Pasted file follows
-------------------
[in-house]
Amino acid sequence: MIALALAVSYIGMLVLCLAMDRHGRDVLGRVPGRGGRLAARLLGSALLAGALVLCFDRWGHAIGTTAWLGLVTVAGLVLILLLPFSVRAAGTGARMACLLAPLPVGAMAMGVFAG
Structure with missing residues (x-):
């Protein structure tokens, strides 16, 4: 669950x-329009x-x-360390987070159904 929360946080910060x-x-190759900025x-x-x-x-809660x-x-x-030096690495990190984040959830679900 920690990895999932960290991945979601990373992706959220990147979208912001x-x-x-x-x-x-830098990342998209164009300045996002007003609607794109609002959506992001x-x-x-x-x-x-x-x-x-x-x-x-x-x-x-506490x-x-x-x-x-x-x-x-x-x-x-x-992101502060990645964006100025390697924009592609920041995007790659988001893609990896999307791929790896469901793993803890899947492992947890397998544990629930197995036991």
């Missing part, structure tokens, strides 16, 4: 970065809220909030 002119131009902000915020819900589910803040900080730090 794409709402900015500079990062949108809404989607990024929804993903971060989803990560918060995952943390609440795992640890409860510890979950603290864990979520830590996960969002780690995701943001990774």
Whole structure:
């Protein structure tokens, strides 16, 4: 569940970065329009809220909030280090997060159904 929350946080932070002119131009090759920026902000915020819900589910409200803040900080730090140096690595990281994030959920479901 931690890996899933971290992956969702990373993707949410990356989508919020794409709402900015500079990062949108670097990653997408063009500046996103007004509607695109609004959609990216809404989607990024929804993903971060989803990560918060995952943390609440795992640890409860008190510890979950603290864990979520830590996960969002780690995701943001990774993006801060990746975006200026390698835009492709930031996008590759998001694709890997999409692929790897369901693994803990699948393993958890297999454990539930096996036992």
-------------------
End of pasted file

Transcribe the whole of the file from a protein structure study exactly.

[in-house]
Amino acid sequence: MIALALAVSYIGMLVLCLAMDRHGRDVLGRVPGRGGRLAARLLGSALLAGALVLCFDRWGHAIGTTAWLGLVTVAGLVLILLLPFSVRAAGTGARMACLLAPLPVGAMAMGVFAG
Structure with missing residues (x-):
């Protein structure tokens, strides 16, 4: 669950x-329009x-x-360390987070159904 929360946080910060x-x-190759900025x-x-x-x-809660x-x-x-030096690495990190984040959830679900 920690990895999932960290991945979601990373992706959220990147979208912001x-x-x-x-x-x-830098990342998209164009300045996002007003609607794109609002959506992001x-x-x-x-x-x-x-x-x-x-x-x-x-x-x-506490x-x-x-x-x-x-x-x-x-x-x-x-992101502060990645964006100025390697924009592609920041995007790659988001893609990896999307791929790896469901793993803890899947492992947890397998544990629930197995036991």
């Missing part, structure tokens, strides 16, 4: 970065809220909030 002119131009902000915020819900589910803040900080730090 794409709402900015500079990062949108809404989607990024929804993903971060989803990560918060995952943390609440795992640890409860510890979950603290864990979520830590996960969002780690995701943001990774």
Whole structure:
């Protein structure tokens, strides 16, 4: 569940970065329009809220909030280090997060159904 929350946080932070002119131009090759920026902000915020819900589910409200803040900080730090140096690595990281994030959920479901 931690890996899933971290992956969702990373993707949410990356989508919020794409709402900015500079990062949108670097990653997408063009500046996103007004509607695109609004959609990216809404989607990024929804993903971060989803990560918060995952943390609440795992640890409860008190510890979950603290864990979520830590996960969002780690995701943001990774993006801060990746975006200026390698835009492709930031996008590759998001694709890997999409692929790897369901693994803990699948393993958890297999454990539930096996036992």